Suggested Activities, Resources, and Links:
Mommy speech therapy word lists
Mommy speech therapy ideas for at home speech practice
Speech Teammate Worksheets and word lists
Quia articulation games
Handy Handout At Home Speech Practice
Jeopardy for Articulation
Quia language games
Basic Concepts Scavenger Hunt Around the House
Lists of Idioms
VOOKS: only streaming of story books read aloud. One month free trial.
InferCabulary: 14 day free trial
Lots of crafts, good for practicing following directions
FreeRice: work on vocabulary and donate rice to the World Food Programme for every question you answer
Jeopardy for language skills
A list of suggested wordless videos to address problem solving skills
Literacy-Based Language Learning Packets for Home (based on picture books and free articles from readworks.org)
Some free resources and activity idea:
Praactical AAC is full of great ideas for AAC users, but this post has visuals and supports directly related to COVID-19. Good for all learners, not just AAC users.
Core Word Activity Ideas
One Week Full of Activities with AAC
Core Words at Home
Ms. Lane’s pragmatics worksheets
The Social Express - free through April 15
Video Learning Squad - free online videos and lessons
Jeopardy for social skills
Podcasts to Support Language Development
Podcasts can be a great way to support learning and language development throughout the day...not to mention entertain kids without screens! They can support a variety of skills from subject learning to language comprehension and visualization skills! Providing your student with markers/crayons and paper to use during podcasts is a great way to encourage visualization of the story. They can also take notes, or write down things to remember for re-telling. Having them re-tell you the story (using first, then, next , last) or just having them tell you a few things they learned supports receptive and expressive language skills too! Below we have listed some popular children’s podcasts that are recommended for all ages and with a brief summary of the subject matter:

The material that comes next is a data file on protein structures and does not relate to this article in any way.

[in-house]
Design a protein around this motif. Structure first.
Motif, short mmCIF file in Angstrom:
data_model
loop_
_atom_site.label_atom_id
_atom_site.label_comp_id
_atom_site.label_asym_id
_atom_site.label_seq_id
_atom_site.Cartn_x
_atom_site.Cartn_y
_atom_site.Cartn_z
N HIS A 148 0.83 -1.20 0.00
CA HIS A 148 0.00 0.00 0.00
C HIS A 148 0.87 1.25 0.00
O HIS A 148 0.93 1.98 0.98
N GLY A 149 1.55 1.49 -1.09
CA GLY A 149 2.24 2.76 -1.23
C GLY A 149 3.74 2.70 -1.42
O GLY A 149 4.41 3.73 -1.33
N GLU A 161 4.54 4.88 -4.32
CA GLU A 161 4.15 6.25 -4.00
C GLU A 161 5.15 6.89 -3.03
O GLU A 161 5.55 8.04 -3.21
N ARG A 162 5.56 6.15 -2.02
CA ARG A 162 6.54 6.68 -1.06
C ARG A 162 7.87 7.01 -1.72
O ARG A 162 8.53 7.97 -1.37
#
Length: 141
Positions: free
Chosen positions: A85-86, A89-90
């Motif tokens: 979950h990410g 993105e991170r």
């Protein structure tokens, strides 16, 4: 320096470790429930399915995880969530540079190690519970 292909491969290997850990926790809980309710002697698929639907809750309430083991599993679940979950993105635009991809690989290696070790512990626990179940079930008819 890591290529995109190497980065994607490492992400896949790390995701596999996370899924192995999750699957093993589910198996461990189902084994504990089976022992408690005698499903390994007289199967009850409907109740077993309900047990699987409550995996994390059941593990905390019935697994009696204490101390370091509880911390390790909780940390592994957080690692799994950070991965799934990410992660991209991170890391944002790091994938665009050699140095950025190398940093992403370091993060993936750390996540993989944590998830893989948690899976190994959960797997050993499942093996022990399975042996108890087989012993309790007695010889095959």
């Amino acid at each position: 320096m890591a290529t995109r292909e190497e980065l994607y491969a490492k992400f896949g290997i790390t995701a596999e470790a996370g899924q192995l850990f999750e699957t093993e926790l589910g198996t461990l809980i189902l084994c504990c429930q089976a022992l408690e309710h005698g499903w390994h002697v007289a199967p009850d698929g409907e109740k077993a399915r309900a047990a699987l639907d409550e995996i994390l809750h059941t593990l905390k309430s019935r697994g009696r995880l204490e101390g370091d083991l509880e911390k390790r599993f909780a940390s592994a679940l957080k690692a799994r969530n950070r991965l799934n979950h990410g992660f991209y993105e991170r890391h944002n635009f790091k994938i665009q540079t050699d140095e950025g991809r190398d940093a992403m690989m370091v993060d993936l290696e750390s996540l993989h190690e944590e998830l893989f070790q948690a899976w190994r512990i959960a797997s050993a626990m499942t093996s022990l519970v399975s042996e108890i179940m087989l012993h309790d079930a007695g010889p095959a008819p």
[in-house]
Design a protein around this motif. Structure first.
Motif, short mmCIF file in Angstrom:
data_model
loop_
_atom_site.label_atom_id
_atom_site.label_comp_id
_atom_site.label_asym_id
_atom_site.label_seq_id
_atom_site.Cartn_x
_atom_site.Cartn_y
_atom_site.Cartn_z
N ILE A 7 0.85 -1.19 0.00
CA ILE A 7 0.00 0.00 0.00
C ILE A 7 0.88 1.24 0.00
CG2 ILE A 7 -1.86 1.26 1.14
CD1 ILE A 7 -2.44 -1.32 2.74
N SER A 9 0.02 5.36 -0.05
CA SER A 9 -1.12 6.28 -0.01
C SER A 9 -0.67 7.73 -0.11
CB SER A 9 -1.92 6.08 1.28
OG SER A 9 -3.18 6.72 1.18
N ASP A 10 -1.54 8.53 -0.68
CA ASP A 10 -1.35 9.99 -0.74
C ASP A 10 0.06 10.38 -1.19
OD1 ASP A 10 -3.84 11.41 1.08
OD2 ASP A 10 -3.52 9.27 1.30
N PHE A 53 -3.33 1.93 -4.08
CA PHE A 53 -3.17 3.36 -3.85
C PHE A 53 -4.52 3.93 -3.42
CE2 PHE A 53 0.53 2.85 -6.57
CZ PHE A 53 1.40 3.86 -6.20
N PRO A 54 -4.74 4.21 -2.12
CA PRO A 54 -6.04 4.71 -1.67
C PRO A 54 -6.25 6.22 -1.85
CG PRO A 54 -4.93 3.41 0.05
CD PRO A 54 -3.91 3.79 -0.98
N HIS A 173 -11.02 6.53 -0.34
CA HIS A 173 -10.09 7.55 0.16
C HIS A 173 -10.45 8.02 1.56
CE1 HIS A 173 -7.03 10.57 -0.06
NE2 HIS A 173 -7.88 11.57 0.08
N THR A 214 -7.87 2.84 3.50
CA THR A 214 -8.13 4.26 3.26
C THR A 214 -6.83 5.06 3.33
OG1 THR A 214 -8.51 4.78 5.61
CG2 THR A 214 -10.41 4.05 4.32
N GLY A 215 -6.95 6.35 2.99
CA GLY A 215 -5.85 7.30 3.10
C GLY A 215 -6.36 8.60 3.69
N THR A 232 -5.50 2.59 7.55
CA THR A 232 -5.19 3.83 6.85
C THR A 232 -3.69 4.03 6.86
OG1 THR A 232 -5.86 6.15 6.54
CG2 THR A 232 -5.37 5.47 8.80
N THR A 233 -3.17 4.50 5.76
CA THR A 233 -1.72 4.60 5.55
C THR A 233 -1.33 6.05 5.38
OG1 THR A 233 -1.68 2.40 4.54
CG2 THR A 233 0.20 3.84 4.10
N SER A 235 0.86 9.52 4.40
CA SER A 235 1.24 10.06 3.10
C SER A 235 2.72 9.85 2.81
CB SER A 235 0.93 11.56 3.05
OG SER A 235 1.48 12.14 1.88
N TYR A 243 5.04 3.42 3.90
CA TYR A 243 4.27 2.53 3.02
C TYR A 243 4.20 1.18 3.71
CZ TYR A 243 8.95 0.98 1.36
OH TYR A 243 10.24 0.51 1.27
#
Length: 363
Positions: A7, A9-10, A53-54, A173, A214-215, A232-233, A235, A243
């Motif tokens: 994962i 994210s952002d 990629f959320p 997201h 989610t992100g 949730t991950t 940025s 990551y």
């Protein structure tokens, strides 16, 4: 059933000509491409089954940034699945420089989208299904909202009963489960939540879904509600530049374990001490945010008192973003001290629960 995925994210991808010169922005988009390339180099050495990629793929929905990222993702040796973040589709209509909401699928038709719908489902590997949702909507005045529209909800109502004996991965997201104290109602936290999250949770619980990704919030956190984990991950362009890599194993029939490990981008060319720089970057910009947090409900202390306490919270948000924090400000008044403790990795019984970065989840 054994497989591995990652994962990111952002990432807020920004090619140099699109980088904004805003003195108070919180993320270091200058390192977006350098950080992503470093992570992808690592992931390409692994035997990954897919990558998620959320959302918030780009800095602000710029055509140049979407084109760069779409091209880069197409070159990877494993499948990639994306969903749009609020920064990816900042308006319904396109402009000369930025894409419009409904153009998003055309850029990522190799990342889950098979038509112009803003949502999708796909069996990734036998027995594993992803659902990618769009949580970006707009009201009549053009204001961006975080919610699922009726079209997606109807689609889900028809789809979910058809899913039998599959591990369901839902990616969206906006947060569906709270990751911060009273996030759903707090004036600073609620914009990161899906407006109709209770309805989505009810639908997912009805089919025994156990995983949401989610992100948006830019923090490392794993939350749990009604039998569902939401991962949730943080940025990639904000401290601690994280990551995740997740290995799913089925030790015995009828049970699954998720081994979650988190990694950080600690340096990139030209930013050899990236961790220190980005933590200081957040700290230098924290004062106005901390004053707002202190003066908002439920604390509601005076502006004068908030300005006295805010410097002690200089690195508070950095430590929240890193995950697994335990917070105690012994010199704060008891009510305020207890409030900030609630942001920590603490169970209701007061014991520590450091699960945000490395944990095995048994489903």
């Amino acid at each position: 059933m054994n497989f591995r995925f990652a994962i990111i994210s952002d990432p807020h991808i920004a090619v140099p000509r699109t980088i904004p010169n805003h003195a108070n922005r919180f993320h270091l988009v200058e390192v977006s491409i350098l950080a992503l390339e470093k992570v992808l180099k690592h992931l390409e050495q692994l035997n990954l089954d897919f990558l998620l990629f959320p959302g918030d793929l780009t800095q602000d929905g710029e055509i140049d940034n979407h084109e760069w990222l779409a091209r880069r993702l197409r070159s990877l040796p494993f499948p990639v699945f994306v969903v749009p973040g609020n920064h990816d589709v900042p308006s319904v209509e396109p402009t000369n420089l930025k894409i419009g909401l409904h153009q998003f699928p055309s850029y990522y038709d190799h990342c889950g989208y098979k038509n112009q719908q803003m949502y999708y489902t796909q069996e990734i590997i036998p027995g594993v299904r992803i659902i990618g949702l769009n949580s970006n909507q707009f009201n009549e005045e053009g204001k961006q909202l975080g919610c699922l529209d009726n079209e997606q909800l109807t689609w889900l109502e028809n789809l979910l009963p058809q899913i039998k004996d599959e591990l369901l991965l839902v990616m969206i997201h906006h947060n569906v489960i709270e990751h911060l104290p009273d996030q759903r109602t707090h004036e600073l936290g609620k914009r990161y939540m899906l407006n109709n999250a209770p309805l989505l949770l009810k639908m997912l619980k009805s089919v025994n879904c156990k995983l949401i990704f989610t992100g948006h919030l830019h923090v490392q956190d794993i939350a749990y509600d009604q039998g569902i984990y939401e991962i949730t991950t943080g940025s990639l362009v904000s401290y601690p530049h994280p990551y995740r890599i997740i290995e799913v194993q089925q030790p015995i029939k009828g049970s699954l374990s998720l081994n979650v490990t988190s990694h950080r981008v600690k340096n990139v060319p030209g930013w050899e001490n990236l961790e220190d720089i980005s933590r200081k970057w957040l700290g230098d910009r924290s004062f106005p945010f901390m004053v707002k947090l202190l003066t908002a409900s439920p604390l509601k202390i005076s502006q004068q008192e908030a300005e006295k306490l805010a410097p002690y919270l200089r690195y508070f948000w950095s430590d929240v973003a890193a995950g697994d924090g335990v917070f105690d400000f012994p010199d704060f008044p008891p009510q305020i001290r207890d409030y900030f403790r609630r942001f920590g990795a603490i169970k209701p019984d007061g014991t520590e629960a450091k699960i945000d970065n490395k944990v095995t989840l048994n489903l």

Speech and Language Activities for Home
While we’re all at home, there are still ways you can boost your child’s speech and language development. Try some of these to keep up the skills we have been working on:
Reading books is great exposure to language and vocabulary. Here are more ways to include speech and language skills:
● Have your child point to certain pictures as a labeling task. For instance, you can say, “point to the elephant,” or make it more challenging by saying, “Point to a big, grey animal.”
● Ask your child questions about what you have read. These can be factual questions (Who? What? Where?) or inferential questions (why...? How...? What might happen next...?)
● Have your child retell the story to you. Try using sequencing words like first, next, last.
● If your child is working on producing certain sounds, look for them in books and practice saying them. ○ For a list of books that are loaded with certain speech sounds, check out:
● If you need more books, check out Epic! https://www.getepic.com/
Lots of games you have at home address speech and language skills. Here’s a list of some of our favorites:
● Scattergories Junior: Teams work to come up with different members of different categories (ie. sports, desserts, winter clothes). The twist is that each thing you name has to start with a certain letter. This game works on our understanding of categories and how words go together.
● 5 Second Rule Junior: In this fast-paced game, your job is to name three items of a given category in just five seconds. This game works on our understanding of categories, word associations, and thinking on your toes!
● Headbanz: Every player has a picture on their forehead that they cannot see. Your job is to guess what is on your head by asking yes/no questions. This game works on our understandings of categories and item features.
○ Alternative play: Instead of asking and answering questions, players can instead describe the pictures to each other. For instance, provide a description such as, “You are a type of transportation that travels in the sky.”
● Heads Up: This is a smartphone app that is very similar to Headbanz. Players hold the phone up to their forehead and a word is displayed. The other players have to describe this word in order to get the player whose turn it is to guess the word correctly.
○ Alternative play: You can also use gestures/act it out to get the player to guess the correct word. The app has a feature that video tapes the players acting it out, too, which can be fun.
○ Note: some decks are easier than others. I like the Animals deck and the Just for Kids decks.
● Apples to Apples Junior: In each round of this game, a judge puts down a green (adjective) card. All the other players play a red (noun) card that “goes with” the adjective word on the green card. The judge decides which red card is the best. The person who put down that card wins the round. This game works on word associations and parts of speech. Clever players think about the judge’s personality and perspective when putting down a card, too.